Girlhood’s identity-specific focus counters stereotypes

Coming of age films are common and often predictable. They fetishize adolescence through rose-colored glasses or display the un­surprising pitfalls that young people fall into much to the chagrin of adults. Céline Sciamma’s “Girlhood” or, in French, “Bande de filles” (Gang of Girls), transcends the typical coming of age stereotypes and focuses on a subject that most films of this genre ignore.

“Girlhood” debuted in France in 2014 and now comes to the U.S. in select cities and streaming on Netflix. This French language film follows Karidja Touré as Marieme, a 16-year-old African-French teenager from a poor Paris suburb. She struggles academically and drops out of school after mid­dle school when she learns that her only option is a vocational track. At home, Marieme deals with an absent, hard-working mother and an abu­sive older brother. She also takes care of her two younger sisters and has a close relationship with the middle sister. A group of three girls approach Marieme and she joins their gang. Once in the gang, Marieme becomes more selfish, but also more self-assured. The gang’s leader gives her a new name too—Vic for victory.

One might expect the gang of girls to corrupt Marieme and lead her down an illicit path. Like 2003’s “Thirteen,” many films about a young woman demonstrate how peer pressure from other struggling young women lead her to make poor choices. But “Girlhood” shows the impor­tance of female friendship in Marieme’s develop­ment. The gang leads Marieme into a life of petty theft, intimidation and fist fights. But the four girls support each other. One scene depicts the four girls dancing in a hotel room, wearing sto­len dresses and singing to Rihanna’s “Diamonds,” and then falling asleep together. Color plays a significant role in “Girlhood,” contributing to visually appealing, emotive, feminine shots. Cast in beautiful shades of blue, a color that symbol­izes dreamlike happiness for Marieme, the girls appear simultaneously innocent and mature, but above all, carefree and fun. The scene captures female youth in all its glamorous, shallow glory.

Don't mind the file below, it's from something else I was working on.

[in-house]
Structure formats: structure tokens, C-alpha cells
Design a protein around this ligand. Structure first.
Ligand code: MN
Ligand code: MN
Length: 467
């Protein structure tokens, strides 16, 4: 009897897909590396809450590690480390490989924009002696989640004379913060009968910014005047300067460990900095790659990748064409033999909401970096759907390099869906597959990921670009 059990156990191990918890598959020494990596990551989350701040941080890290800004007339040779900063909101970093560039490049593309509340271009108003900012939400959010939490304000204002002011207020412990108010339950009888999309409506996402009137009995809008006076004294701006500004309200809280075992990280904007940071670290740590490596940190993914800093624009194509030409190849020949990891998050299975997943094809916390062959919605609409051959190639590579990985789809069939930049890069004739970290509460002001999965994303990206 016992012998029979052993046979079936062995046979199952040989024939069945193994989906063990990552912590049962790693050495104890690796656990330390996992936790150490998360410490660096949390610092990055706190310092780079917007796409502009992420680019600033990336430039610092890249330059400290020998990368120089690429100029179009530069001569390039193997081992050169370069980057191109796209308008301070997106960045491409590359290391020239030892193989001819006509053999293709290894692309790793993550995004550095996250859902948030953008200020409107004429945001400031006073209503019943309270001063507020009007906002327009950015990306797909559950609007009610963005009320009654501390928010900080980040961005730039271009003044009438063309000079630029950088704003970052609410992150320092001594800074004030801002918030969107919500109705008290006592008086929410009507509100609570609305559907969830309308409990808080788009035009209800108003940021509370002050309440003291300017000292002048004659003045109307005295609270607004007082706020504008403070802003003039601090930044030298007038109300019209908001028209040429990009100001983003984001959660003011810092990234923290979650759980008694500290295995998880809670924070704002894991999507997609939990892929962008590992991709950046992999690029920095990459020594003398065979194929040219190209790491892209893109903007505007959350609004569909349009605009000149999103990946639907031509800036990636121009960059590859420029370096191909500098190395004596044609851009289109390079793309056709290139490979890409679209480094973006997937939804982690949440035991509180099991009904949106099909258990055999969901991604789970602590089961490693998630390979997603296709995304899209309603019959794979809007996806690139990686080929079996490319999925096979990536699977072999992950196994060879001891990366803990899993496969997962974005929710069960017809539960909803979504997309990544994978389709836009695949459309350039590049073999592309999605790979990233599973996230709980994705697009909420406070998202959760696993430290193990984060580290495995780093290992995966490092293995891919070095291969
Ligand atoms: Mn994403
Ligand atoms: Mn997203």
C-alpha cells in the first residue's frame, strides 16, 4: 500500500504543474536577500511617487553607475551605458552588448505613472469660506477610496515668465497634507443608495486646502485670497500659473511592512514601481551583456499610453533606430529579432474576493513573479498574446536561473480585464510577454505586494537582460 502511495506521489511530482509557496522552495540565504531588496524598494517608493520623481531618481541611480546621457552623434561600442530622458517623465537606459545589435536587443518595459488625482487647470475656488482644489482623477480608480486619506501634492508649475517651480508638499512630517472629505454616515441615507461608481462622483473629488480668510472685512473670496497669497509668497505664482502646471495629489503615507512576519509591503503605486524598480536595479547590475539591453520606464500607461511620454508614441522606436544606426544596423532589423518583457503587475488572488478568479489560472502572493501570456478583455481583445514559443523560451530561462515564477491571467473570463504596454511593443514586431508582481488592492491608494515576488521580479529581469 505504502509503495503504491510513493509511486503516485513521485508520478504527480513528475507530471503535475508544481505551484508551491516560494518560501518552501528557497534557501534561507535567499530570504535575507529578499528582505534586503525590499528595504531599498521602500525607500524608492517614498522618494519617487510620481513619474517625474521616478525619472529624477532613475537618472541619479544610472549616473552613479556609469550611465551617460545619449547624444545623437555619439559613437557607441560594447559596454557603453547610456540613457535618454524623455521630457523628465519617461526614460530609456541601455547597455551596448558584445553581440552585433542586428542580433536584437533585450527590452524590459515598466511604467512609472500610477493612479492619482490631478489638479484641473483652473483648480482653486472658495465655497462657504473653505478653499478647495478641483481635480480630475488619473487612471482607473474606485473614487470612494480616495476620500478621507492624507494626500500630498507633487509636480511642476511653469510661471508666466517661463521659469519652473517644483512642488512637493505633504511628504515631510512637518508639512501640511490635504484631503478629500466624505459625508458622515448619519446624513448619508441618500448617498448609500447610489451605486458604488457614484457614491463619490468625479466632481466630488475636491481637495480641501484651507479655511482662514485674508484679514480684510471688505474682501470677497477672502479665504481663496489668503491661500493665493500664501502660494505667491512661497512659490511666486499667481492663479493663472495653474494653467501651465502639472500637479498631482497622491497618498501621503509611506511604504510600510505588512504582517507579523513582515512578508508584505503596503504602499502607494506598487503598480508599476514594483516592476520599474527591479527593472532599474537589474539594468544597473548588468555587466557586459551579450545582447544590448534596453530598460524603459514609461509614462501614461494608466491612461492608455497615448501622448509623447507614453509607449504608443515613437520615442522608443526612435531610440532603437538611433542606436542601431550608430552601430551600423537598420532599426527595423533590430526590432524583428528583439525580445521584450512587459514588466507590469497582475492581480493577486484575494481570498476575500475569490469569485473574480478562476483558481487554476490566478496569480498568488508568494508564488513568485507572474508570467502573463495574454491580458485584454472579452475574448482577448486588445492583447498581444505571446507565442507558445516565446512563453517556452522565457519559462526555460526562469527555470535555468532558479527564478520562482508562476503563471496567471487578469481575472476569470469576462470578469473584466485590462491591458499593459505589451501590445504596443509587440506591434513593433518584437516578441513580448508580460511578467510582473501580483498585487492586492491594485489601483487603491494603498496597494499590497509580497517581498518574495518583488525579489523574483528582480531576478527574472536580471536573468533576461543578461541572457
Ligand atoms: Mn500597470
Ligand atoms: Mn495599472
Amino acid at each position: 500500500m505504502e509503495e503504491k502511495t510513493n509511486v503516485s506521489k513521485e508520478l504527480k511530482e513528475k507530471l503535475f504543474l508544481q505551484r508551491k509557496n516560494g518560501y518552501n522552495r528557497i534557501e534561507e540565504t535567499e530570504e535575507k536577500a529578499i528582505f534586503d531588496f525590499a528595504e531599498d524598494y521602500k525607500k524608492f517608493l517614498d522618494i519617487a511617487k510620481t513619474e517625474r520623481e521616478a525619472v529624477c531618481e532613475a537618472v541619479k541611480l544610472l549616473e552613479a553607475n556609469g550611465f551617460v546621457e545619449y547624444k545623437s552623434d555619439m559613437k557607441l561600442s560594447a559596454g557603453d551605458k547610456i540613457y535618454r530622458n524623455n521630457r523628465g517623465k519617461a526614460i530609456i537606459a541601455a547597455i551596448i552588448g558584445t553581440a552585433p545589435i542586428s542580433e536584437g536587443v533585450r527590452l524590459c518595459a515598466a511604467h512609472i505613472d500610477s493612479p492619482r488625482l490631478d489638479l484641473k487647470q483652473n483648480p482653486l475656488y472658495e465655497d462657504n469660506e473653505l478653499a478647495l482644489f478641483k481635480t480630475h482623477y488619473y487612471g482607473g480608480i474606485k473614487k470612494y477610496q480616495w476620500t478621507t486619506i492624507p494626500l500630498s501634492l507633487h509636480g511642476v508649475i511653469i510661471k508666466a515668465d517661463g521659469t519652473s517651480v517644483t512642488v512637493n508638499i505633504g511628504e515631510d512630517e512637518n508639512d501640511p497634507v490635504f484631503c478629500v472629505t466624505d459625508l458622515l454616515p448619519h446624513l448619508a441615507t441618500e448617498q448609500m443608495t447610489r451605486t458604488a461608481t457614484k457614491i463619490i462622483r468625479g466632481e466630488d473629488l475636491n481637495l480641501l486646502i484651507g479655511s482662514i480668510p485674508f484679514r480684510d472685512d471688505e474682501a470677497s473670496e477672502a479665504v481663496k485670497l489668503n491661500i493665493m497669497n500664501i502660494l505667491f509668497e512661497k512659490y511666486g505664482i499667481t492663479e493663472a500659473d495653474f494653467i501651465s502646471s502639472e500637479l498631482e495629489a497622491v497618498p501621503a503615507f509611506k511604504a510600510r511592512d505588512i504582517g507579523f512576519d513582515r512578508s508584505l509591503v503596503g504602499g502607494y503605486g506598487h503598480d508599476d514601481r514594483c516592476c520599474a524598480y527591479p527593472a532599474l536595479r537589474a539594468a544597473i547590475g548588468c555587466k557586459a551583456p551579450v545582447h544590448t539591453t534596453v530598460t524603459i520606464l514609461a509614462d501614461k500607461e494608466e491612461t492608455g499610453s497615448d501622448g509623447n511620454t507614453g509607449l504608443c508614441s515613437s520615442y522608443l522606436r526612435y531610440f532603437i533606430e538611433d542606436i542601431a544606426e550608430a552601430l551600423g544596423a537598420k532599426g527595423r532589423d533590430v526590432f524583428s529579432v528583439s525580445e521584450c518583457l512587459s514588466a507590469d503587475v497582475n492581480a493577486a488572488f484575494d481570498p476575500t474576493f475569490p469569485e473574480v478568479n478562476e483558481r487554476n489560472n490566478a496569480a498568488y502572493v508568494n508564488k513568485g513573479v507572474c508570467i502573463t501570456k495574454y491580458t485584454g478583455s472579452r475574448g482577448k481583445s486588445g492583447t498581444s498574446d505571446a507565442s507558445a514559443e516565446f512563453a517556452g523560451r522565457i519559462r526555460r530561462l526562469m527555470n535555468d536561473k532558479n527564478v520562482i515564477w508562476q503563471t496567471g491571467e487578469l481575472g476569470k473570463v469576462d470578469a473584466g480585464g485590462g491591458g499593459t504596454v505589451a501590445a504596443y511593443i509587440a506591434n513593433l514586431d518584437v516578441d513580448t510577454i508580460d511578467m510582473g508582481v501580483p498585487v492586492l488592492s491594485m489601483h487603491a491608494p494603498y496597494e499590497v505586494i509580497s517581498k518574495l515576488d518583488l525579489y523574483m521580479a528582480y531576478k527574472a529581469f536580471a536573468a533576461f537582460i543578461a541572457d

The film notably differs from most American films in its subtlety–it communicates the plot rather discretely. It is a great example of show­ing instead of telling. For those raised on Holly­wood films (like me), “Girlhood” may feel slow at times. It lacks big emotional breakdowns, a lot of screaming and confrontations. The softness is fitting since Marieme is not in a position to loud­ly rebel against her mother, her brother or any of the figures Marieme later answers to. The film requires the viewer to put the pieces of the narra­tive together with the clues Sciamma leaves—like a pair of shoes on the floor or a change in Touré’s posture. The details of the cinematography and acting are heavily considered and particularly important because there’s minimal dialogue and action. Complete silence and music leave room for Touré to convey her character’s state of mind through her acting choices. “Girlhood” has a re­laxed energy, easing the viewer slowly into in­creasingly dark topics.

Thematic connotations include sisterhood and personal agency. In contrast to many coming of age films with male protagonists, friends are an intrinsic part of Marieme’s bildungrsoman. In ev­ery one of Marieme’s circles, she grows close to the women. Marieme and the women in her life (sisters, friends, roommates) mutually nurture and protect each other. Also, even when person­al circumstances and social structures limit the characters’ abilities to make decisions, Marieme and her friends still assert independence and control over their bodies. Though Marieme joins a gang, she remains fiercely independent and would rather struggle on her own than take a safer route that would force her to depend on her family or her boyfriend. Marieme also has power over her sexuality. She initiates her first sexual experience, even though she knows that her community will consequently shame her and label her a slut.

Marieme goes through her coming of age as an already strong, intelligent girl, not an innocent blank slate. The increased freedom that comes from growing up provides her with opportunities to use her strength and intelligence to make deci­sions about her own life. “Girlhood” realistically depicts coming of age as a process. The film ends ambiguously because the transition from girl to woman is not an exact journey from one point to another. Marieme is a complex individual at the beginning of the film too. Childhood does not equate to innocence, especially considering Marieme’s class, race and gender. Films often leave out the fact that social oppressions affect children. “Girlhood” follows a character that films rarely depict: a strong, vulnerable black girl from a poor family. Sciamma treats this character with the elegance and subtlety that Marieme, and every character in a coming of age film, deserve.

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